A new family has moved into number 13, the house opposite. There are two children, a boy of about thirteen and a girl of eleven. They look just very much like their father, but they are both rather underdeveloped and the boy walks with a pronounced limp. In contrast, their mother is extremely large and matronly. Indeed, one of our neighbours wonders if she might be the children’s grandmother, but after much discussion we have decided that she is their mother. We hope they will enjoy living here.
Today, builders started working on an extension to the house opposite. It already has three bedrooms and now it will have at least five; all with en-suite bathrooms. For no particular reason, we now call the family ‘the Extensions’. The children no longer scurry alone up the road to school, but have a few friends who call for them in the morning.
A worrying sight this afternoon. The girl climbed up a builder’s ladder and started swinging from the unfinished rafters in the extension. We wondered if we should wander across and suggest that what she was doing could be dangerous. Just then, however, her father returned home from his work. ‘You’re in for trouble now’, I thought, as he stepped out of the car. To my surprise, he ran into the house and returned with a camera to record her antics. Perhaps, she is a budding gymnast? Anyway, he escorted her down the ladder and led her indoors. He looked rather sad.
From my study, I am often amused by the appearance of one of the girl’s school friends. She is quite noisy and makes her presence known as she comes up the hill. Sometimes, she has blonde hair, another time it will be jet black, and occasionally, it is as red as paint. The two girls lug enormous bags of school books slung over their shoulders as they walk to school and I wonder what effect these huge, overloaded bags will have on their spines.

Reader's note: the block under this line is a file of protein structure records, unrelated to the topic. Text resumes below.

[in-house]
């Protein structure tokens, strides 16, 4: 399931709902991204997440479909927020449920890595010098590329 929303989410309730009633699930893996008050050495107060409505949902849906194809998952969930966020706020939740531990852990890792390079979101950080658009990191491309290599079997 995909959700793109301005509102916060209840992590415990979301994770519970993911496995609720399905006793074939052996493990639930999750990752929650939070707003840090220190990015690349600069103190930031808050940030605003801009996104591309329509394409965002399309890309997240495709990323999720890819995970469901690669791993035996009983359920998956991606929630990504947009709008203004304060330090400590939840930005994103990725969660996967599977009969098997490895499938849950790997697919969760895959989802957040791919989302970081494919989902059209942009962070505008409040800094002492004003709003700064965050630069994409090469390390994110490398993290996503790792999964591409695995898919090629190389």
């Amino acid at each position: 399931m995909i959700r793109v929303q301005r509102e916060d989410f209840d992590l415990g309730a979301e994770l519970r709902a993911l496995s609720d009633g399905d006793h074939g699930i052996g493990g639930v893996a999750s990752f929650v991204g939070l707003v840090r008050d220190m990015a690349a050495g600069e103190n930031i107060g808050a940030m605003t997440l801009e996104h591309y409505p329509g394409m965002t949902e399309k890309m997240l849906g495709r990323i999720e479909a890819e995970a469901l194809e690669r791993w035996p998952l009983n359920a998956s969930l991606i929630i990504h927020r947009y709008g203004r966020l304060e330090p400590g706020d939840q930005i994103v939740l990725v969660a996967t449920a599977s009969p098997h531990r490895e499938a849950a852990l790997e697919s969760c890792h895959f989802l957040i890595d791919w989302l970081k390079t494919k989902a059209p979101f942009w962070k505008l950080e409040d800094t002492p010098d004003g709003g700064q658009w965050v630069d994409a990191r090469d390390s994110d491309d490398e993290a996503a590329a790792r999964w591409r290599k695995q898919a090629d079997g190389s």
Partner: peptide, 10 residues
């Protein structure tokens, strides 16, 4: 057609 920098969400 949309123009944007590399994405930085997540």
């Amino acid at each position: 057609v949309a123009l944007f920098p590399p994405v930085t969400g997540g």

The extension is finally finished and the builders have made quite a good job of matching the existing brickwork and roof tiles. Despite the house’s increased value, the lawns are full of weeds, both driveways are crumbling, and the path leading to the front door has all but disappeared. Each week, two Polish cleaners come to work inside the house and, afterwards, sit on the doorstep enjoying a cigarette. Whilst waiting for the bus, which stops outside the house, I jokingly suggested that they could tidy up what is left of the garden. They just laughed and said ‘No way!’ Today, they taught me to how to greet people in Polish: Dzień dobry.
The girl now has a boy friend who calls for her on the way to school. He is very smartly dressed, has neatly cropped hair and carries a briefcase but never offers to help with her large sack of schoolbooks. I wonder how her original friend, the one with multi-coloured hair, feels about the new relationship. Friendships can be so fickle at that age.
We can set our clocks by the Extensions. They are meticulous timekeepers and leave the house for work or school at ten minute intervals. Father is the first to return home and times his arrival to coincide with the return of his children from school. On Saturdays, he leaves the house promptly at ten o’clock to drive down to a local supermarket to get the week’s shopping. His wife never accompanies him, neither do the children. If any of their friends call by, they always leave ‘empty-handed’, for the children never leave the house. Even, during the school vacation, they remain at home the whole time. This probably account for their pale and pasty appearance; I sometimes wonder if they have rickets.